2015 saw more than a million migrants land on the shores of Europe, the launch of a reconfigured campaign against terror, a shocking array of mass killings, and far more. Here are five books which shed light on some of those events and more.
“On November 10 The New York Times reported that nearly seven in ten Republicans prefer America as it was in the 1950s,” Smith said, “A nostalgia of course entirely unavailable to a person like me, for in that period I could not vote, marry my husband, have my children, work in the university I work in, or live in my neighborhood.”
As outrage over the killings of unarmed black men by white police hours plays again rattles the nation, Langston Hughes’ poetry of protest has become only more prescient.
Although a new film and documentary about Violette Leduc’s life have added to her popularity in recent years, the groundbreaking writer remains largely unread outside of France. THE ALIGNIST’s Beenish Ahmed called up New York University professor Elisabeth Ladenson to talk about Leduc’s troubled life and unsung legacy -- but mostly, about her unsparing prose.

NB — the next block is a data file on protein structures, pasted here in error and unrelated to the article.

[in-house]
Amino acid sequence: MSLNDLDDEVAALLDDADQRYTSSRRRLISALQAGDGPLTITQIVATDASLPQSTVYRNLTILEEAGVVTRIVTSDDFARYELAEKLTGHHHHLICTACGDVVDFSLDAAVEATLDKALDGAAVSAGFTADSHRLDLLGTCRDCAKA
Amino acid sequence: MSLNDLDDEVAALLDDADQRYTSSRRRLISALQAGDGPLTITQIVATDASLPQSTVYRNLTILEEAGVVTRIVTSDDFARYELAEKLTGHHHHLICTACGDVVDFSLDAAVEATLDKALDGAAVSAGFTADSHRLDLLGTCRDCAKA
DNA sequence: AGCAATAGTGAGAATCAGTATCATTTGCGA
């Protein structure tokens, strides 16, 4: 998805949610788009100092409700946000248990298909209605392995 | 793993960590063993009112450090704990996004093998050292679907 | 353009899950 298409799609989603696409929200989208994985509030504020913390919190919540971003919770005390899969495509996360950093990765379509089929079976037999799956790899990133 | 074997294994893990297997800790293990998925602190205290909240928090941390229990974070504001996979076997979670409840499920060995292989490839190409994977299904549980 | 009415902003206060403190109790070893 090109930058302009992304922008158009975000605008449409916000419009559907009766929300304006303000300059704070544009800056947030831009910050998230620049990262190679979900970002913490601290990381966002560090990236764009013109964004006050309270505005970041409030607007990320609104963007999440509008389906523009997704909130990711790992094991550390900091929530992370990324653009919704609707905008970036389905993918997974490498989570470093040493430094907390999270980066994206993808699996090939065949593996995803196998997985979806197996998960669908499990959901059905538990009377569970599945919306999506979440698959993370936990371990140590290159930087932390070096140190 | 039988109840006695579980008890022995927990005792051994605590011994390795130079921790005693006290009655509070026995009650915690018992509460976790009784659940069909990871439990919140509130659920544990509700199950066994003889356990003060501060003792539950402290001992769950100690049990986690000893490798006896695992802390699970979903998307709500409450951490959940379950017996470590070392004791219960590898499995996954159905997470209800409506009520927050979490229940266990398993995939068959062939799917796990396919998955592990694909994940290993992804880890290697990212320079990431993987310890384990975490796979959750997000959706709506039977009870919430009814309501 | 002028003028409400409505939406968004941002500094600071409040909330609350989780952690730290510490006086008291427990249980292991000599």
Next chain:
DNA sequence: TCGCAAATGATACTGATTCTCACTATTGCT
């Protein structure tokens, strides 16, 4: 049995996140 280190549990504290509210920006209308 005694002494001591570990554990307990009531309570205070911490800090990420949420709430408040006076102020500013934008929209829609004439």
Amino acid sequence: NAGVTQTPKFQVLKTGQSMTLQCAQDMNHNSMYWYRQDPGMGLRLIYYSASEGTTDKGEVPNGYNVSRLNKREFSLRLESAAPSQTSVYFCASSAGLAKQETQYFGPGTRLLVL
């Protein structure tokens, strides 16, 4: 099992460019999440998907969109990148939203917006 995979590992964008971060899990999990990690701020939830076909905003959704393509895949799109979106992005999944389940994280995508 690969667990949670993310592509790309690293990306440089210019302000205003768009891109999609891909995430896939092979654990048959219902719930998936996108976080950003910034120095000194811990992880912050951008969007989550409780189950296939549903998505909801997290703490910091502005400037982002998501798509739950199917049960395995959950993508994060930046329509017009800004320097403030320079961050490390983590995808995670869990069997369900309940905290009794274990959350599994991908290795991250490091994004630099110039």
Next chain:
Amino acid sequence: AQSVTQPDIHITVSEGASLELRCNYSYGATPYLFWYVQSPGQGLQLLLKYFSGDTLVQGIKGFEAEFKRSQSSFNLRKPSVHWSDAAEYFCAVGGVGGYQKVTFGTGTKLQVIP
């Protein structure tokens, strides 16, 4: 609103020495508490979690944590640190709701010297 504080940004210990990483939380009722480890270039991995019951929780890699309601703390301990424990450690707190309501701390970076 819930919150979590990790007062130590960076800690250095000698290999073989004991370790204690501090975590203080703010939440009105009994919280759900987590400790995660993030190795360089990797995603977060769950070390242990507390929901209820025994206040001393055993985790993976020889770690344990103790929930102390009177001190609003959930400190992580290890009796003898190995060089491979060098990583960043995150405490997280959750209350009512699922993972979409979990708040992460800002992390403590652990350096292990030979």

Jennifer Clement's latest novel, Prayers for the Stolen, maps the landscape of violence wrought on the people of Guerrero, Mexico by the drug wars and traces the story of some of its "stolen." THE ALIGNIST spoke with Clement about her response to the disappearance of 43 teaching students from the state last year and asked her how her work came to be one of social protest.
"A young black man, Henry Dumas, went through a turnstile at a New York City subway station," reads an invitation by Toni Morrison for a posthumous book-launch party she threw for Dumas in 1974, six years after he died. "A transit cop" — who was white — "shot him in the chest and killed him. Circumstances surrounding his death remain unclear. Before that happened, however, he had written some of the most beautiful, moving and profound poetry and fiction that I have ever in my life read."